Thousands of commuters trying to vote in the referendum were affected by flooding as severe transport delays caused by torrential rain and flooding in London.
The Electoral Commission confirmed the 10pm deadline was set in stone, meaning many commuters in London and the South-east could have missed out on casting their votes.
Britain’s busiest station, Waterloo, was among those packed with frustrated commuters amid cancellations and delays caused by the severe weather conditions.
“I have never seen anything like Waterloo Station this evening and I have commuted for over 10 years!” George Franks wrote on Twitter.
If people had failed to join the queue at their polling station by 10pm, they would have missed their chance to vote, the Electoral Commission confirmed to The Independent.
A Leave campaign source said that while it would be “very concerning” if people had been unable to vote as a result of travel disruption, there had been no calls from within the camp for polling stations to stay open.
Wycombe MP Steve Baker, a senior Conservative leave campaigner, said there had been no question of an extension, and that getting voters home in time was the responsibility of the railway service providers.
The weather disruption could also delay some overnight declarations, the Electoral Commission said.
“Because of poor weather, transport of ballot boxes to count centres might take different routes. Weather issues mean it might mean ballot boxes take a little longer to get to counting areas. We’re still looking at declaration being made tomorrow morning.”
South West Trains apologised for the disruption, which has also caused severe delays on eight London Underground lines and the temporary closure of Monument, Cannon Street and Ruislip Manor stations.
“Floods, travel chaos, polling station disruption," tweeted Patrick Strudwick. "Lower voter turnout = Brexit more likely. Rain will end our membership of EU. HELL.”
However, some campaigners said they were staying positive despite the weather conditions.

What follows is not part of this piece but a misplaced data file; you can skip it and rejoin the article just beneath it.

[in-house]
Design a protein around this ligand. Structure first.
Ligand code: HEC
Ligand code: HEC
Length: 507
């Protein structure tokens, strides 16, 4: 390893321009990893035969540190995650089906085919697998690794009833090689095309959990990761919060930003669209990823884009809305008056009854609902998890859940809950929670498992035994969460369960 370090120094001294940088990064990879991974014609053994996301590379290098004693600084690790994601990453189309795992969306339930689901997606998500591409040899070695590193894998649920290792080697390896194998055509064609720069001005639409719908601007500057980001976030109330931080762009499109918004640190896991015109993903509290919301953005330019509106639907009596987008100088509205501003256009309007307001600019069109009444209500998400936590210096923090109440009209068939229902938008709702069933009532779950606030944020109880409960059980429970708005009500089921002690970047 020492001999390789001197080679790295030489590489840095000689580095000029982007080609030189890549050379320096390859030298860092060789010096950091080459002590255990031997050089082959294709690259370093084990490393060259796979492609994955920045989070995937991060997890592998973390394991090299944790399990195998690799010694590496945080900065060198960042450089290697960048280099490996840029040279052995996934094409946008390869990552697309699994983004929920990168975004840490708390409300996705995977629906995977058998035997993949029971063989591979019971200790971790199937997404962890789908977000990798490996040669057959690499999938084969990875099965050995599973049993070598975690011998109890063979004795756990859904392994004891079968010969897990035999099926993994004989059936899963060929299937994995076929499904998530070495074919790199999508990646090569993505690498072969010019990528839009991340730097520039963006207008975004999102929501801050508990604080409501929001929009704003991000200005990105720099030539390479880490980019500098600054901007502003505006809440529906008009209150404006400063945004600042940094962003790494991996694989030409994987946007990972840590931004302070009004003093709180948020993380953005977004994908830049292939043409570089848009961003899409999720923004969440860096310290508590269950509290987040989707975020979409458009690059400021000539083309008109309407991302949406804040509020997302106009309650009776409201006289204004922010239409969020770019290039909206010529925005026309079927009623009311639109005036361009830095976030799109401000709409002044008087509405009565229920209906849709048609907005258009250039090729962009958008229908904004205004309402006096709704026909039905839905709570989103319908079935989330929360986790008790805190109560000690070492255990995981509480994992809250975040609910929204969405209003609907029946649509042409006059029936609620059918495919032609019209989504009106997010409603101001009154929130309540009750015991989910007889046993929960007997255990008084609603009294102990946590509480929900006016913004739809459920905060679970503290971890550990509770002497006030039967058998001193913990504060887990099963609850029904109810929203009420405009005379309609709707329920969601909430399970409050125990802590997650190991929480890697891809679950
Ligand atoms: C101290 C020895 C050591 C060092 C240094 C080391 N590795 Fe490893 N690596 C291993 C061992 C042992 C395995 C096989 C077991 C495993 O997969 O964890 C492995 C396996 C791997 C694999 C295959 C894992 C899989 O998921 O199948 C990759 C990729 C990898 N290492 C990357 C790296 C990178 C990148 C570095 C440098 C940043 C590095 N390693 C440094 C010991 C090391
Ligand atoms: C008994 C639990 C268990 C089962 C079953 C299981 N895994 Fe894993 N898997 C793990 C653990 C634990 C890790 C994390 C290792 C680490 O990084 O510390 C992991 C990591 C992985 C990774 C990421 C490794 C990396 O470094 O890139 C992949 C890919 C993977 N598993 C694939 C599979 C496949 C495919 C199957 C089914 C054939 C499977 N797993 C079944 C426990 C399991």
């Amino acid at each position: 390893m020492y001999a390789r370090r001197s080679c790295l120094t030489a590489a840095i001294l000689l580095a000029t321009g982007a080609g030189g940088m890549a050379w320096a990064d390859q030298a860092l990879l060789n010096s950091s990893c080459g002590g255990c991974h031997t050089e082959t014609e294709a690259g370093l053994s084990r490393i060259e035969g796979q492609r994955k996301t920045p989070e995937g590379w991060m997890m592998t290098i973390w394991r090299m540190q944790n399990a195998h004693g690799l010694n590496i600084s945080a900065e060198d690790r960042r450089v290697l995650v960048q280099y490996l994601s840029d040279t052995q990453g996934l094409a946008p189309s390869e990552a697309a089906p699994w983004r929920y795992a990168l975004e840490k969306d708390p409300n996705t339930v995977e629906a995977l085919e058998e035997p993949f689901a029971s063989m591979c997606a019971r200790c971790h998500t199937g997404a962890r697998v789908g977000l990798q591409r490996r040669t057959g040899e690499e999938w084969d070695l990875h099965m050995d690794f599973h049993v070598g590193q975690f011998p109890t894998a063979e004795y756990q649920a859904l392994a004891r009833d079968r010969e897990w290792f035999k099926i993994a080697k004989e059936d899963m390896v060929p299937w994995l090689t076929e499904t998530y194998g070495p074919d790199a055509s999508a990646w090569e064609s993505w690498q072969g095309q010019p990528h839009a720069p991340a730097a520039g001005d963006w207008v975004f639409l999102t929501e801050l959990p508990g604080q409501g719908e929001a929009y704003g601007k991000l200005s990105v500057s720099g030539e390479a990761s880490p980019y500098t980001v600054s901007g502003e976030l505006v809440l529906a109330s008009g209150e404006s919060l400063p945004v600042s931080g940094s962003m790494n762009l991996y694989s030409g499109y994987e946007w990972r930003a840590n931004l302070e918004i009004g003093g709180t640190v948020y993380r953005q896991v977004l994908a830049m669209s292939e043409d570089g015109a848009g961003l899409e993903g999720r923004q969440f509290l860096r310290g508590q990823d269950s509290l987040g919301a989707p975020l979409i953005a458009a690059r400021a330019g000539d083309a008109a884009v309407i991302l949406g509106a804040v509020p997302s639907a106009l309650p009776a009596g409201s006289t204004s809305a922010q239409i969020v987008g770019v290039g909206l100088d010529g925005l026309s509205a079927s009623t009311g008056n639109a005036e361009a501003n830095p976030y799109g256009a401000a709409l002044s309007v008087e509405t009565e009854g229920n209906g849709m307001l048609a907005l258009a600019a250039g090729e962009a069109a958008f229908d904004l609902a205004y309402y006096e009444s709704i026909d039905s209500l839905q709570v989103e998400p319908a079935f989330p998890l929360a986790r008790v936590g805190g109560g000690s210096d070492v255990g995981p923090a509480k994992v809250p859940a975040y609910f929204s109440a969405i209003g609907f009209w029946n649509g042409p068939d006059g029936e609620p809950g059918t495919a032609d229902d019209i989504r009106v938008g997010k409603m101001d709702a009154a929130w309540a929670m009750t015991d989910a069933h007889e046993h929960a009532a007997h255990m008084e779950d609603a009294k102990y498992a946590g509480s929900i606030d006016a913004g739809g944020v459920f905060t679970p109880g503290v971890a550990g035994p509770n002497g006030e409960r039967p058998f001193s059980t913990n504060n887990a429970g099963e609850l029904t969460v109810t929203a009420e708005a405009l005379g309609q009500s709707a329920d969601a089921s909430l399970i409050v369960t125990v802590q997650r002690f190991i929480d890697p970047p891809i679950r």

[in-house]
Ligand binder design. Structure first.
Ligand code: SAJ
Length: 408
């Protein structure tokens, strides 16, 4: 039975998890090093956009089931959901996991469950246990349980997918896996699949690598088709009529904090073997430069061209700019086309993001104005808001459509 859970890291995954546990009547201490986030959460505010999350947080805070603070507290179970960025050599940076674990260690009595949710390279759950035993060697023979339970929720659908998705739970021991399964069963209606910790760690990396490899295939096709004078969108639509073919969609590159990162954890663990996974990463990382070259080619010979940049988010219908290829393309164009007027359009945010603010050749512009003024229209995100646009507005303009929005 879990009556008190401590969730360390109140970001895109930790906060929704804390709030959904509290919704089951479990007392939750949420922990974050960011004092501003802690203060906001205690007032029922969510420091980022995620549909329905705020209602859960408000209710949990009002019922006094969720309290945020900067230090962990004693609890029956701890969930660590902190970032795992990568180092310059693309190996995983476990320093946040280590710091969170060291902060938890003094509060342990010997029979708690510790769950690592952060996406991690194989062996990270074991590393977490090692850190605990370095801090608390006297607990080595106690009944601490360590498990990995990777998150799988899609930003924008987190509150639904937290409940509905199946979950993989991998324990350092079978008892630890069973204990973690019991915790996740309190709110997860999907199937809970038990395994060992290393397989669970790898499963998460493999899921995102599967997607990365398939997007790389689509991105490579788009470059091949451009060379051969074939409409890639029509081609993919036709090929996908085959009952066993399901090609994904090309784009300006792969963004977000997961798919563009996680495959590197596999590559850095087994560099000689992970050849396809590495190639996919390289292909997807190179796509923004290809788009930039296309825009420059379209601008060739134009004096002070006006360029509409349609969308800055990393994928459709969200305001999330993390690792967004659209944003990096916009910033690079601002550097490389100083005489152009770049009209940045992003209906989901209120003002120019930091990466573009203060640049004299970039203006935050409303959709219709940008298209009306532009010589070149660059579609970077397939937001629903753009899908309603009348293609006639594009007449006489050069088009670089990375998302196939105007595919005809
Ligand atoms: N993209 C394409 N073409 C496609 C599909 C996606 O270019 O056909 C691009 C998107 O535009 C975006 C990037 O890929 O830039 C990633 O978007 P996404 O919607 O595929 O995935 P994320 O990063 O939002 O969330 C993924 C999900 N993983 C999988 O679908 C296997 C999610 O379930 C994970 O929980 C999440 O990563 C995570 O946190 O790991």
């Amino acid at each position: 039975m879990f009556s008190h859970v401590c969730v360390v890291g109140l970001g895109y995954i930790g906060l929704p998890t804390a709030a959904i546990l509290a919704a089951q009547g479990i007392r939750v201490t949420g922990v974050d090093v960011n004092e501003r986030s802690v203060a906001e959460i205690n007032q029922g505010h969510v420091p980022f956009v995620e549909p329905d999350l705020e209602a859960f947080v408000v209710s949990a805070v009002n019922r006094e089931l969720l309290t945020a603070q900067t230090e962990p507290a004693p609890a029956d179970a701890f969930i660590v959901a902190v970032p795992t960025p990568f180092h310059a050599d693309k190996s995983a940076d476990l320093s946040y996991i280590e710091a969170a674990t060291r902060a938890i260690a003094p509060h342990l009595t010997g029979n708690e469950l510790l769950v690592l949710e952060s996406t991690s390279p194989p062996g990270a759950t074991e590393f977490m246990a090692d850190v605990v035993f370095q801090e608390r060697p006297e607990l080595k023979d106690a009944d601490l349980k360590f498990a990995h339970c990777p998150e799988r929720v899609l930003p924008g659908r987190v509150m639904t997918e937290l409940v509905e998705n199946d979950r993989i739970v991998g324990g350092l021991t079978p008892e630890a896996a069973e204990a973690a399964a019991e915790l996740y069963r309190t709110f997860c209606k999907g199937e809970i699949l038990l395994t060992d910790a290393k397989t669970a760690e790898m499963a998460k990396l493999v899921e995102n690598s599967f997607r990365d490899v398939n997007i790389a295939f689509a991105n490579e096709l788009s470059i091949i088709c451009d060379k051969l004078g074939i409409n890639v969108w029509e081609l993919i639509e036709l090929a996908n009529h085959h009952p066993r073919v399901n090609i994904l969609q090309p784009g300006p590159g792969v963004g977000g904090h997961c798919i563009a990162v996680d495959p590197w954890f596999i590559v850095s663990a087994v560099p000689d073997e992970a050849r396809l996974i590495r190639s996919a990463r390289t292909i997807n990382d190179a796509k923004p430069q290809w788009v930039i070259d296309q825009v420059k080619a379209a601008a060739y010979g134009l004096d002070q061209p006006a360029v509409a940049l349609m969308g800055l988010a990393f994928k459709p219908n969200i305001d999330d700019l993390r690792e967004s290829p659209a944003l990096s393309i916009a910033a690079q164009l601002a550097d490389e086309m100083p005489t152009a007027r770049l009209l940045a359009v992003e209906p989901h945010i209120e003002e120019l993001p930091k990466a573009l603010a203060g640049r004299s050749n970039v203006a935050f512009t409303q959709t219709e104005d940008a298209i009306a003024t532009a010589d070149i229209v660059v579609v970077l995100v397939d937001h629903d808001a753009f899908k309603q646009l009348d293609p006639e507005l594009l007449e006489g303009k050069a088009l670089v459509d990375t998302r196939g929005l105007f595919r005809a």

“The rain isn’t dampening our enthusiasm to campaign for Remain. You’ve got until 10pm to vote,” Labour leader Jeremy Corbyn tweeted.
The amber “be prepared” warning came on a day in which the London Fire Brigade received a day’s worth of calls in 90 minutes.
Some polling stations, including one in Chessington, Surrey, were forced to change location at the last minute when they were flooded or roads leading to them became deluged with water.
Louise Wann, a voter from Middlesex, said the road to her polling station was completely flooded, so she had decided to go to the pub instead.
“My fiancé said he'll give me a piggy back so not to ruin my shoes,” she told The Independent.
The law was changed in 2013 to allow people “in the polling station, or in a queue outside the polling station” to vote after the polls had officially closed.
This was to avoid a repeat of events at the 2010 general election, in which long queues caused hundreds to be excluded from the voting process as they could not enter the polling station in time.
Some have called for a switch to online voting to avoid similar scenarios in future.
“Chaos on transport systems in South East means many may not be home in time to vote in #EUref. It’s high time online voting is introduced!” wrote Green Party activist Andrew Durling on Twitter.
The Rail Delivery Group, which represents train operating companies and Network Rail, told passengers to “consider travelling earlier if they can, in order to get home”.
The worst-affected line was between London Liverpool Street and Ilford, the main route serving Essex and East Anglia. It was closed for most of the day because of flooding at Manor Park. During the evening rush-hour it re-opened, but with speed restrictions in place.
All ticket restrictions have been lifted by Abellio Greater Anglia, and tickets for Thursday will also be valid on Friday.
From Victoria, the Gatwick Express was out of commission for most of Thursday morning, because of flooding in south London. When it restarted, some journeys took three times as long as the timetabled 30-minute run.
Airlines including British Airways, easyJet and Ryanair pre-emptively cancelled dozens of flights linking the UK with France, Spain, Switzerland and Italy because of the stoppage by controllers of the busiest skies in Europe.
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